How to Account for Write-Offs of Investment in Subsidiaries

by Bryan Keythman ; Updated April 19, 2017

When a company buys more than 50 percent of another company’s stock, the investee company is called a subsidiary. The price the investing company pays that exceeds the fair market value of the subsidiary’s net assets is called goodwill, which you report on your balance sheet as a long-term asset. If the value of your company’s investment in a subsidiary decreases to less than its accounting value, you account for the write-off by reducing your goodwill account in your records. This creates an expense, which reduces your net income on your income statement.

Step 1

Determine the amount of the investment in the subsidiary that you must write off. For example, assume you must write off $2 million of your investment in a subsidiary.

Step 2

Debit the account called “impaired goodwill expense” by the amount of the write-off in a journal entry in your accounting records. This increases the impaired goodwill expense account. In this example, debit your impaired goodwill expense account by $2 million.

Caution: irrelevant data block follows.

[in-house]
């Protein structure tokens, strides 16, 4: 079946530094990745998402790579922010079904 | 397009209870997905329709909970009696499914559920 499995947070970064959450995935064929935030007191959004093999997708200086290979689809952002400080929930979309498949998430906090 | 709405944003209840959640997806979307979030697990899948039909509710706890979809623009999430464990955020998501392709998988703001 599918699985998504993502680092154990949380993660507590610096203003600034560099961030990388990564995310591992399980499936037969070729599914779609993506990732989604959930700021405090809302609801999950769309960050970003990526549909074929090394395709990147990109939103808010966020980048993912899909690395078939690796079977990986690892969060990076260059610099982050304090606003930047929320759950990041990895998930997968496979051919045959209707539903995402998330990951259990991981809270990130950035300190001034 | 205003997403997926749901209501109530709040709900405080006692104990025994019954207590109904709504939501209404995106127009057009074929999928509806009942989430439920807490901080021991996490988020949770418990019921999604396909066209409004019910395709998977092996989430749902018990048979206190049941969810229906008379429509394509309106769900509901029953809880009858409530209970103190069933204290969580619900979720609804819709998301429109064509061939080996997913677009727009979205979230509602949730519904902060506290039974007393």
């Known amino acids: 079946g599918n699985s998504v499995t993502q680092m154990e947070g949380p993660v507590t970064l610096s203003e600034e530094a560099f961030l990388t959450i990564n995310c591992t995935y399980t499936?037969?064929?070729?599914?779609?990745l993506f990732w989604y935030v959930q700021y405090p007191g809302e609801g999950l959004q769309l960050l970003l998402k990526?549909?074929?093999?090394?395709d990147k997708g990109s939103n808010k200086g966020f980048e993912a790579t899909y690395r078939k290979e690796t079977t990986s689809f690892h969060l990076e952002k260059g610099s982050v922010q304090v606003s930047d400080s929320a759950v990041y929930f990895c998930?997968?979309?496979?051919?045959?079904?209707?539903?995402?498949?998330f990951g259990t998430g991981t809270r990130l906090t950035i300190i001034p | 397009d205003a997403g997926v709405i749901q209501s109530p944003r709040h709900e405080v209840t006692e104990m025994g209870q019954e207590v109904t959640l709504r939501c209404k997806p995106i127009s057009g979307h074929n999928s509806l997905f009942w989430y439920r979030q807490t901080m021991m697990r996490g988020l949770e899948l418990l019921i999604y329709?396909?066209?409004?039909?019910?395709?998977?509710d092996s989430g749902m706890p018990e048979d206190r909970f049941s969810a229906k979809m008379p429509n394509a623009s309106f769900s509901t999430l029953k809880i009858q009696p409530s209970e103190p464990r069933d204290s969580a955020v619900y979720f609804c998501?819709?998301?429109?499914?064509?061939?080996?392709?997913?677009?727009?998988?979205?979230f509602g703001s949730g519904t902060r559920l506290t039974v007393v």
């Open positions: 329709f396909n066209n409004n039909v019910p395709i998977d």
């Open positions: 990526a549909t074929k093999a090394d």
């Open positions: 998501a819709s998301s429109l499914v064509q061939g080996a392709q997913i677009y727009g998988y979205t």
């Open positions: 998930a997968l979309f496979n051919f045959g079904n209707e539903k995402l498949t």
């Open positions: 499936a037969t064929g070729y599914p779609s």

Step 3

Credit your goodwill account by the same amount of the write-off in the same journal entry. This decreases your goodwill account by the amount of the write-off. In this example, credit your goodwill account by $2 million.

Step 4

Write “Impaired Goodwill Expense” and the amount of the expense as a line item before the line item called “income from continuing operations” on your income statement to report the amount of the write-off. In this example, write “Impaired Goodwill Expense $2 million” on your income statement.

Step 5

Subtract the amount of the write-off from your previous goodwill balance. Report the new balance in the long-term assets section of your balance sheet. Continuing with the example, if your previous goodwill balance was $5 million, subtract $2 million from $5 million to get $3 million as your new goodwill balance. Write “Goodwill $3 million” as a line item on your balance sheet.